Pro Tools First is a freemium introduction to Avid's Pro Tools

For those with music production dreams, Pro Tools First is a good introduction to one of the world's most well-known production suites
Pro Tools First is a freemium introduction to Avid's Pro Tools

Pro Tools is a studio fixture, though also the butt of a million jokes about music no longer being organic but cobbled together with electronic juju. But software maker Avid is still selling plenty of copies and to encourage people to buy more, the company is releasing a free version albeit with limited features.

On first glance, it seems a lot like a freemium app due to many feature unlocks that can be purchased.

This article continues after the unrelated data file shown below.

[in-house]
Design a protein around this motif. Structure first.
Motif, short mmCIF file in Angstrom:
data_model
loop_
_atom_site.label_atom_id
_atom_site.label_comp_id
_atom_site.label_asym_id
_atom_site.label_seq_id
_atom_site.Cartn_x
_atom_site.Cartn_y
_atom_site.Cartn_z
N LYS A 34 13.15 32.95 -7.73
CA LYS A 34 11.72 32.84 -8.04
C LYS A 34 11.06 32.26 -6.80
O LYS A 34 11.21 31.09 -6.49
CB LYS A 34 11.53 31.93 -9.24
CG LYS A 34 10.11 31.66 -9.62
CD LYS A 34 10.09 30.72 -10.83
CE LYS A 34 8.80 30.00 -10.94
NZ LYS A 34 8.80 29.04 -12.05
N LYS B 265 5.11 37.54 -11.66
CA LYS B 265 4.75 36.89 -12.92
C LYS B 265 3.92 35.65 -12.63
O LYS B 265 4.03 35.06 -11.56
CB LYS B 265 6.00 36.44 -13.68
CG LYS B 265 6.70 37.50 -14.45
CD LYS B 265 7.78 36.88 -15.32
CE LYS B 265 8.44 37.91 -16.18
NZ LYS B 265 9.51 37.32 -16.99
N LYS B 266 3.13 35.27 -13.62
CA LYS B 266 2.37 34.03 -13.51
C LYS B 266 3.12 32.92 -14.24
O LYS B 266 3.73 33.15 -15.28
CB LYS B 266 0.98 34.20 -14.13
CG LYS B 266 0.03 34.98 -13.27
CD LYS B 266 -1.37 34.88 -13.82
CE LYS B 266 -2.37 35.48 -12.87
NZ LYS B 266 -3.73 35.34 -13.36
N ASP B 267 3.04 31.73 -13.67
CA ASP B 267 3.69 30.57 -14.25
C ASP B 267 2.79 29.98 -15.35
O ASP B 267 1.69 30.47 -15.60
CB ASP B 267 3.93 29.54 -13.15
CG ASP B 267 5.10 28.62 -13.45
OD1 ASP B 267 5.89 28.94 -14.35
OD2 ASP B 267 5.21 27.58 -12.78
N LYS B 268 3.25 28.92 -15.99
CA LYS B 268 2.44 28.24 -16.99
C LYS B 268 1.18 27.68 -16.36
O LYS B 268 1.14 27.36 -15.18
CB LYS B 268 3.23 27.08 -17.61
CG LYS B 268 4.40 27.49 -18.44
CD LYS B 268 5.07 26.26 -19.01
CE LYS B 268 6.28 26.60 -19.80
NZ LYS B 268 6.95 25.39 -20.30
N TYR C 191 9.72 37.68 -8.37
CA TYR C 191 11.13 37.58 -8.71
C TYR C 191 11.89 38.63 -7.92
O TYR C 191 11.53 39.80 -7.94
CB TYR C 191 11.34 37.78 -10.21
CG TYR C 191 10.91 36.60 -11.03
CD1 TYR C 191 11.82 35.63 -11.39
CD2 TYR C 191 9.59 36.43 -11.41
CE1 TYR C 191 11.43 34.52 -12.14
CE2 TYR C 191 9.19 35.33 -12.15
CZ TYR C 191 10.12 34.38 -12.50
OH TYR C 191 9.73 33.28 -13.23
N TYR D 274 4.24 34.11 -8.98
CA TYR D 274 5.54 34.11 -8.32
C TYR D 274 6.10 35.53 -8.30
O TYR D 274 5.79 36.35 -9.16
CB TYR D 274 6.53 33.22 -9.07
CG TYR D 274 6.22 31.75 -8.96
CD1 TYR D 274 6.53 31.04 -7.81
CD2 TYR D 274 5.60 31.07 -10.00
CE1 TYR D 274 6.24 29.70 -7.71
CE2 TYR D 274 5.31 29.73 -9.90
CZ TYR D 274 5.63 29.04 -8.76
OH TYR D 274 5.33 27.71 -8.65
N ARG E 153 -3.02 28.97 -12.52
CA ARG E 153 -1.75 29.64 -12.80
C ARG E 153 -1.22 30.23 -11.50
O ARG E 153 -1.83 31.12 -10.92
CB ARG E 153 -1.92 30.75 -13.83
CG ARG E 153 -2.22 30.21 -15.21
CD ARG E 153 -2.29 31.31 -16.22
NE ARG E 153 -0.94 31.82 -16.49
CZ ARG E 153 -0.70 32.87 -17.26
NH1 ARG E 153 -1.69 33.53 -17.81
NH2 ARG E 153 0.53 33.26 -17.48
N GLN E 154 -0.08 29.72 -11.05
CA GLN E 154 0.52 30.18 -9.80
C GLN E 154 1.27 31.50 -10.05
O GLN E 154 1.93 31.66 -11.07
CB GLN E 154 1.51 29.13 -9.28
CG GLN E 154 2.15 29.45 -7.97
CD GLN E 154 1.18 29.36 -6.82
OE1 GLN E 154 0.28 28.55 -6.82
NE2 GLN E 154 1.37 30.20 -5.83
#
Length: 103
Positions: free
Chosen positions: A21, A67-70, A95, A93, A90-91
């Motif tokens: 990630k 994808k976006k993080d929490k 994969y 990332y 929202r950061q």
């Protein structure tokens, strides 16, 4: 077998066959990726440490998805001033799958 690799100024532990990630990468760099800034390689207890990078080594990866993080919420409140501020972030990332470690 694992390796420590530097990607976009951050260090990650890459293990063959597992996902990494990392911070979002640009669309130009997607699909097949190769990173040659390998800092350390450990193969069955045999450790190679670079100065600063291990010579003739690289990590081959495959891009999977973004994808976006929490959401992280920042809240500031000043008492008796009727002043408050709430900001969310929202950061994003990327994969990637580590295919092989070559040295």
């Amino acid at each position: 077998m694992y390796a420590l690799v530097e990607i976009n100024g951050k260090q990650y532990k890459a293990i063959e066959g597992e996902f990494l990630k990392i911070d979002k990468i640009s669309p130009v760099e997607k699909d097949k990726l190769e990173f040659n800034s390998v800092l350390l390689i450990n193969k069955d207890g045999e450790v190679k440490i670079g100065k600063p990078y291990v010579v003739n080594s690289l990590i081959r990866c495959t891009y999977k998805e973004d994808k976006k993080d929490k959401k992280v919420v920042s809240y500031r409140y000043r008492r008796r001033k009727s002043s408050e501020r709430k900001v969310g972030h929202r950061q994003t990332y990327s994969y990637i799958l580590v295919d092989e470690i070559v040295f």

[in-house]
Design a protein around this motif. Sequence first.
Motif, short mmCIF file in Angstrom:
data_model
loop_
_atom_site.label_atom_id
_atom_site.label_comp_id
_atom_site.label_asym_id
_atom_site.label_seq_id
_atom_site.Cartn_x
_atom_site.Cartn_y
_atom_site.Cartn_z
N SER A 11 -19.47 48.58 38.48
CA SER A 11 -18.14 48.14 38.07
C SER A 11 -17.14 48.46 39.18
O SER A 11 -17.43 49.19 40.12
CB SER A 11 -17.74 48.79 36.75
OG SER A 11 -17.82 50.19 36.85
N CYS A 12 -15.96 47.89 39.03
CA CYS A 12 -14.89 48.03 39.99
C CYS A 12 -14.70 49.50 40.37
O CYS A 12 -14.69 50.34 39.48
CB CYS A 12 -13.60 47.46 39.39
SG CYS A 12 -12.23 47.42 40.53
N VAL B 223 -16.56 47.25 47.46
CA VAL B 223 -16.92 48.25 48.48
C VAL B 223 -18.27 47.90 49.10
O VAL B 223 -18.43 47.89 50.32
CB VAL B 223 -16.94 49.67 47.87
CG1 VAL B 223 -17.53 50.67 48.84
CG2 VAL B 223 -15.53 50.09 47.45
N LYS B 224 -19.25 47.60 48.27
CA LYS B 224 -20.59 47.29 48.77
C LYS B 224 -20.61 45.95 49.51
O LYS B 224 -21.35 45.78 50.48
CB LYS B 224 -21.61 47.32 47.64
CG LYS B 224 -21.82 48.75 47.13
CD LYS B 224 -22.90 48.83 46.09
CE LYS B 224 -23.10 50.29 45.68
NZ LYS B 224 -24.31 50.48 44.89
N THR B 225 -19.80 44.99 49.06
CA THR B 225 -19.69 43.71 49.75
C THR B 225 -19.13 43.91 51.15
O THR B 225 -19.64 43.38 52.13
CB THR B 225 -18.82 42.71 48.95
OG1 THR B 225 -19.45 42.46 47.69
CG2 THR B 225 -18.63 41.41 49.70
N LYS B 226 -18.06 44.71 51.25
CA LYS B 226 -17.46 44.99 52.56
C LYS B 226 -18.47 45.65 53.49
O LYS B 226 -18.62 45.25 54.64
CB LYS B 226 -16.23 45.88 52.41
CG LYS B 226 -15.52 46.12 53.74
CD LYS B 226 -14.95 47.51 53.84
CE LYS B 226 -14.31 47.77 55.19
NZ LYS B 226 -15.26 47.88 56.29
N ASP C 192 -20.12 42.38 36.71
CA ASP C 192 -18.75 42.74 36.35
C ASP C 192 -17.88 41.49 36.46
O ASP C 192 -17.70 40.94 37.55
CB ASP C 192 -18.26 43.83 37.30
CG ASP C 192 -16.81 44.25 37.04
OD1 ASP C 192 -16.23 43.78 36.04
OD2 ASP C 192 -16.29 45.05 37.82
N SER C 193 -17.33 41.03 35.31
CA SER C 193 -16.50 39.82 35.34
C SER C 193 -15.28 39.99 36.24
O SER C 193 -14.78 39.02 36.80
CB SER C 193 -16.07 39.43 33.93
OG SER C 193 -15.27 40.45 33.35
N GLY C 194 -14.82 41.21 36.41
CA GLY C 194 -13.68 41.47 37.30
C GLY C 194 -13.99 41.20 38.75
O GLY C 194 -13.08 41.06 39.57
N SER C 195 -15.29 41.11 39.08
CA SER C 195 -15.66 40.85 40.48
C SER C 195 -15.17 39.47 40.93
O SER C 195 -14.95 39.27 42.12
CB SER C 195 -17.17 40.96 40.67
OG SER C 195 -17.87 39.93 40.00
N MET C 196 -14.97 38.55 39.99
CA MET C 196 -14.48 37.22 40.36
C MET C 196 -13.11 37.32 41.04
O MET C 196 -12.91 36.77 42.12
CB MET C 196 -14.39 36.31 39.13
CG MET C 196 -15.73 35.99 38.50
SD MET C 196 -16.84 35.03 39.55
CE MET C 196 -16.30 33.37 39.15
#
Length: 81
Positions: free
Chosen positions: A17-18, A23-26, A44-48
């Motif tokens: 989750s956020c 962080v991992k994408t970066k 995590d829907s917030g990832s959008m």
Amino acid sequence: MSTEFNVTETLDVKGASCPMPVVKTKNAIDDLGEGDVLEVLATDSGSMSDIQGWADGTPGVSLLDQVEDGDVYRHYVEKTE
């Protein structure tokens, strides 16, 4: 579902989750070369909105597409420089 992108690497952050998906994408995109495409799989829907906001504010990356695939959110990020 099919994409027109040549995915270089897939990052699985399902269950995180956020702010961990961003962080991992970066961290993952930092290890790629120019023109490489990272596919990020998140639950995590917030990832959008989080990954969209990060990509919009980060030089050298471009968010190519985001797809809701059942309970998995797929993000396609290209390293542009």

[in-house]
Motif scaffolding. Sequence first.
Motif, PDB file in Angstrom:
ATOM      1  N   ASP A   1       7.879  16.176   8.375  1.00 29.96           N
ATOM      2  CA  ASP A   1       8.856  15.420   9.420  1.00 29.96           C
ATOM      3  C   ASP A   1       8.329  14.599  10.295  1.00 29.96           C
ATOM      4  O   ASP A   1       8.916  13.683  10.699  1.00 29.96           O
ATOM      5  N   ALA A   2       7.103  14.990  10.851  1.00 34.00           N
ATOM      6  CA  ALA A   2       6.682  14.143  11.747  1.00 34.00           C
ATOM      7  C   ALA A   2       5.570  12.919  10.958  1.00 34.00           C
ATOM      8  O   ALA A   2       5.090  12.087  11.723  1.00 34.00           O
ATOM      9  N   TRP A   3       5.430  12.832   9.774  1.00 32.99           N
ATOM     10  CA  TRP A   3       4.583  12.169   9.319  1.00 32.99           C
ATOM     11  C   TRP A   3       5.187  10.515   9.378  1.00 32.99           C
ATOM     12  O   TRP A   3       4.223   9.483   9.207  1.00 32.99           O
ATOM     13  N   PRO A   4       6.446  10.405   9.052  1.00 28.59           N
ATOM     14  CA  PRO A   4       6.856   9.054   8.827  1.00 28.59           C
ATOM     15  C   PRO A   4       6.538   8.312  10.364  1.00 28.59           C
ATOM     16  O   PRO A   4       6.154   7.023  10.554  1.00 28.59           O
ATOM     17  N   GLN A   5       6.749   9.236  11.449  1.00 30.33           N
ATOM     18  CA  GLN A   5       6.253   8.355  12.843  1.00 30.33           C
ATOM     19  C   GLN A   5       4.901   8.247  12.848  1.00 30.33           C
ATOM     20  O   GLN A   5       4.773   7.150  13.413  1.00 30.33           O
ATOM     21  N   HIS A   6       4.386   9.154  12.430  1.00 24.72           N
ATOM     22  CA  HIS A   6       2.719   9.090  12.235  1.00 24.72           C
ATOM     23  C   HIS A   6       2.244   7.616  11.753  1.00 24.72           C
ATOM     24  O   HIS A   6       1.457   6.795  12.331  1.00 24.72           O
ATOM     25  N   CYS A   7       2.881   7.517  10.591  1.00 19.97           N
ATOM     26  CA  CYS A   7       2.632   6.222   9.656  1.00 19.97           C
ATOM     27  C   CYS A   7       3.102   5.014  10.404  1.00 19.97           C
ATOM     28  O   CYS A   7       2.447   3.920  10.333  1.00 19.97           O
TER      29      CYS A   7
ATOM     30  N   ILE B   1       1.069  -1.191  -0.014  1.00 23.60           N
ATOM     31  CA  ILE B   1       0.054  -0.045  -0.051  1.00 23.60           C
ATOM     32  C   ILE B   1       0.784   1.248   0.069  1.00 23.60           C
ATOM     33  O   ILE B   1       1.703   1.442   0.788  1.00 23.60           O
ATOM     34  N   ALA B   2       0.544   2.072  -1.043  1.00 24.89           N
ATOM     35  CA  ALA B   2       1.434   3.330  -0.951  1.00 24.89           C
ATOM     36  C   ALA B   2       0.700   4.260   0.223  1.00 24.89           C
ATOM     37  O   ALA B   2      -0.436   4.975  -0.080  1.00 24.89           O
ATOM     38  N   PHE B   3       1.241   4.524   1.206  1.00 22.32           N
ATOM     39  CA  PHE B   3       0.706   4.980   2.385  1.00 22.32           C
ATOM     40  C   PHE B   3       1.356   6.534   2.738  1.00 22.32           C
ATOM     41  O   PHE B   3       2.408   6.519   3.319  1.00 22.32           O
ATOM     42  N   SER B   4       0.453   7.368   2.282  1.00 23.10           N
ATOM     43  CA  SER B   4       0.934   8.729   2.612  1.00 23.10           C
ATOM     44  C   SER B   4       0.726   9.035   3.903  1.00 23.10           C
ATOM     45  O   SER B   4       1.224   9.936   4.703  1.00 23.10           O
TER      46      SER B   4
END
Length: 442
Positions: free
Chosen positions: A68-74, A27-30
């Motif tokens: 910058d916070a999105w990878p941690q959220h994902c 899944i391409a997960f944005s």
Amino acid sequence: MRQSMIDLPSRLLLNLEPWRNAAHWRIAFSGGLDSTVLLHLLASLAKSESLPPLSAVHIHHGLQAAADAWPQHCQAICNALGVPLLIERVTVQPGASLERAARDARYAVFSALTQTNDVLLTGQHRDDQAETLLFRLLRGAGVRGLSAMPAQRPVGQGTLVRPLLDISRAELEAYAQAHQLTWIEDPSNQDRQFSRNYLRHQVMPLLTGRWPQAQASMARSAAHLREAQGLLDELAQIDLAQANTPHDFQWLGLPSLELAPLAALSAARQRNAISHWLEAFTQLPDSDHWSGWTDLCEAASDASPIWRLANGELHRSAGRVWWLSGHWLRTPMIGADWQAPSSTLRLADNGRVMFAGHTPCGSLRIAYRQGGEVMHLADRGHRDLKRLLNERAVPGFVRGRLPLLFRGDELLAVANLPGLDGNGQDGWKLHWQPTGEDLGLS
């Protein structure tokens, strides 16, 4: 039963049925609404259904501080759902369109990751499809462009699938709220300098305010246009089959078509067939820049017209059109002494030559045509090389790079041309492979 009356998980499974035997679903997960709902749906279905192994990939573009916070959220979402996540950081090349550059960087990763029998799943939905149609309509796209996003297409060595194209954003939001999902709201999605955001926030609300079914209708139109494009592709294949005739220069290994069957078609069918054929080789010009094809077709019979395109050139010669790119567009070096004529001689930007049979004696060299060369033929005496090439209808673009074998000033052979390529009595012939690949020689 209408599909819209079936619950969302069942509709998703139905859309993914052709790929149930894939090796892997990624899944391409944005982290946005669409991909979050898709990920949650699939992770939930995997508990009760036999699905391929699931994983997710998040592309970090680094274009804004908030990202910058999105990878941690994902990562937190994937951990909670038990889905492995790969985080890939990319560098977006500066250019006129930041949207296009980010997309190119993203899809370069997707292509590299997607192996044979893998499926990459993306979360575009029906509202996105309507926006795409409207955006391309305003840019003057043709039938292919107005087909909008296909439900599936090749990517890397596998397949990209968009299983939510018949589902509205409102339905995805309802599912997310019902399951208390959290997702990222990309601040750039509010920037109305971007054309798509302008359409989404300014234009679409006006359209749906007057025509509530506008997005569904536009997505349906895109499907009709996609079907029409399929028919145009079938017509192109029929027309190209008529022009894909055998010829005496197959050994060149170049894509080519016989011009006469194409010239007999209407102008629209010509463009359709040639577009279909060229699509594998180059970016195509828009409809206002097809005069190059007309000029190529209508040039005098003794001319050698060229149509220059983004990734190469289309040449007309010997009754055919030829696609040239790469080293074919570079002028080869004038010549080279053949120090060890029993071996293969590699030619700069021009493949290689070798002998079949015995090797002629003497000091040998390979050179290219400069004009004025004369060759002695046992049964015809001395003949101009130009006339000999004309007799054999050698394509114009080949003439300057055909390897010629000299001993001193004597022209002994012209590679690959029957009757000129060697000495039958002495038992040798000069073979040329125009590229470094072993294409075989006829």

A step up from Garageband?

To be honest, though, if you're just starting out or are more a hobbyist (and own a Mac), Garageband might be a better alternative. But if you fancy doing stuff with more polish or possibilities, then ProTools First is an inexpensive way to get started.

The software is limited to, at most, 32-bit, 96 kHz file quality and you can't export to MP3 format, or to iTunes or SoundCloud. Only four input sources are supported, though you do get as many as 16 instrument tracks to play with.

You can't download it just yet, but you can signup for updates on the site as to when you can give ProTools First a whirl. If you have the cash though, using Pro Tools Express (free as part of Mbox device bundles) might be a better introduction to Avid's audio software as, if you're serious enough about it, the limitations of Pro Tools First will grate on your nerves quickly.

Which, perhaps, is precisely the point of the software existing.

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[Source: The Verge]